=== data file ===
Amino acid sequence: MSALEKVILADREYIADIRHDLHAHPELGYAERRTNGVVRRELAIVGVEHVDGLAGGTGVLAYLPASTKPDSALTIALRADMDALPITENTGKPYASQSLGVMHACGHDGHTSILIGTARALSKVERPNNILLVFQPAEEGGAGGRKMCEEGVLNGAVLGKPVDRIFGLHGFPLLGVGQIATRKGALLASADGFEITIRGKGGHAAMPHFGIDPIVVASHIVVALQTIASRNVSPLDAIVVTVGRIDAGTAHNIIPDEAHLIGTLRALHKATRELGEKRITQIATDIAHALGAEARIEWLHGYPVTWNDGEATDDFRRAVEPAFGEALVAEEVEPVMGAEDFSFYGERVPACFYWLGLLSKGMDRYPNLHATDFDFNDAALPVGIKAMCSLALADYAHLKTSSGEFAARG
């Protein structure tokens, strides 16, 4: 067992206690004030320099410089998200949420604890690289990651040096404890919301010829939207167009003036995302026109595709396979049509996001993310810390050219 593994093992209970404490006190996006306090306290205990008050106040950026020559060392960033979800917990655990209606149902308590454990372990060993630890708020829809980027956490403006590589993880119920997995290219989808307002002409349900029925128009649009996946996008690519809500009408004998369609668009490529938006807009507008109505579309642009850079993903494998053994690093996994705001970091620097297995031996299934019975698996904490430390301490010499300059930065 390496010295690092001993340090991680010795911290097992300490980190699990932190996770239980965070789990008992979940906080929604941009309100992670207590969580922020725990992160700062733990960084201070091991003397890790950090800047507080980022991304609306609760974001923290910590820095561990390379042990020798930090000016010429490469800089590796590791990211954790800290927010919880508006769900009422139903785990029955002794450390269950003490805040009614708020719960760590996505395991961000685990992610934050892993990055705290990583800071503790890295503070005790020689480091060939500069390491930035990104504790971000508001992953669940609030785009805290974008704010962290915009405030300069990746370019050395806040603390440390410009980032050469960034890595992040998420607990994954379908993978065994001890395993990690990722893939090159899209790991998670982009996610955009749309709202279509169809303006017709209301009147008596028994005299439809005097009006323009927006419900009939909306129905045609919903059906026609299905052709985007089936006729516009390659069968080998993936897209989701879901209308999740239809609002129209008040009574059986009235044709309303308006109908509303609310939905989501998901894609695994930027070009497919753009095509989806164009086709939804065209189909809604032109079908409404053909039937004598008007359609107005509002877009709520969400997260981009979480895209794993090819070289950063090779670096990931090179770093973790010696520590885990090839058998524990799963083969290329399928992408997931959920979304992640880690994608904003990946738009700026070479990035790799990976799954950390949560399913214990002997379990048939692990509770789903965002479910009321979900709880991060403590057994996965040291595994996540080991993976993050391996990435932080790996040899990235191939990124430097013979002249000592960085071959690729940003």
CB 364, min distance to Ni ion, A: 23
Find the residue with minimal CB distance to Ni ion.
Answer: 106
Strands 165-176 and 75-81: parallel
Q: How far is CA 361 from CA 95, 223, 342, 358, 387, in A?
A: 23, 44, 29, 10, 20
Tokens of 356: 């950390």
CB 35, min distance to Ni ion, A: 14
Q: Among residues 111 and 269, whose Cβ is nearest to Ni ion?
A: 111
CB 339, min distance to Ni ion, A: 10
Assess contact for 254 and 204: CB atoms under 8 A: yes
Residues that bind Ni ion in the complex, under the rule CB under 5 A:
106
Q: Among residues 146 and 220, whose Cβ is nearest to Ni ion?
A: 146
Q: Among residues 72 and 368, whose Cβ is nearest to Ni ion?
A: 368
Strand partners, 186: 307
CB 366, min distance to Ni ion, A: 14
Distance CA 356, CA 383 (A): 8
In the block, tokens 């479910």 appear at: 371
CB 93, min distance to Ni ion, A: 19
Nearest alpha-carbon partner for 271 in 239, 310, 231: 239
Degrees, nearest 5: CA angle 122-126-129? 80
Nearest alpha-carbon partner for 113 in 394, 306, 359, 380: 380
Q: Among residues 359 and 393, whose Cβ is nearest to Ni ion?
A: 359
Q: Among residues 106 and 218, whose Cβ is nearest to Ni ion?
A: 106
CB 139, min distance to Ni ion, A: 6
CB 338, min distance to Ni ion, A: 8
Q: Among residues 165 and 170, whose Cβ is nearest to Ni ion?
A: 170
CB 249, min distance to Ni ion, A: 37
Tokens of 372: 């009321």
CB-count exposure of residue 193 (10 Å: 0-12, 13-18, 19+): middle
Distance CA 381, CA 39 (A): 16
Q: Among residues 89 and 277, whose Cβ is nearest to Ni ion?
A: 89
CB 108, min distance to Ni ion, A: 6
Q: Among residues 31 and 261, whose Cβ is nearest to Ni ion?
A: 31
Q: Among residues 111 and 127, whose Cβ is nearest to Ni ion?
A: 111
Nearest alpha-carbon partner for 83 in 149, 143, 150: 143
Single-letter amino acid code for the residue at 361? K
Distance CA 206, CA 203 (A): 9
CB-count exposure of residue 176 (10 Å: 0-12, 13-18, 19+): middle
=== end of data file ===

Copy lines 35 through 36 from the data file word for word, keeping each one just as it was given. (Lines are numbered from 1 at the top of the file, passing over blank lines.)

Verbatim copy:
Q: Among residues 165 and 170, whose Cβ is nearest to Ni ion?
A: 170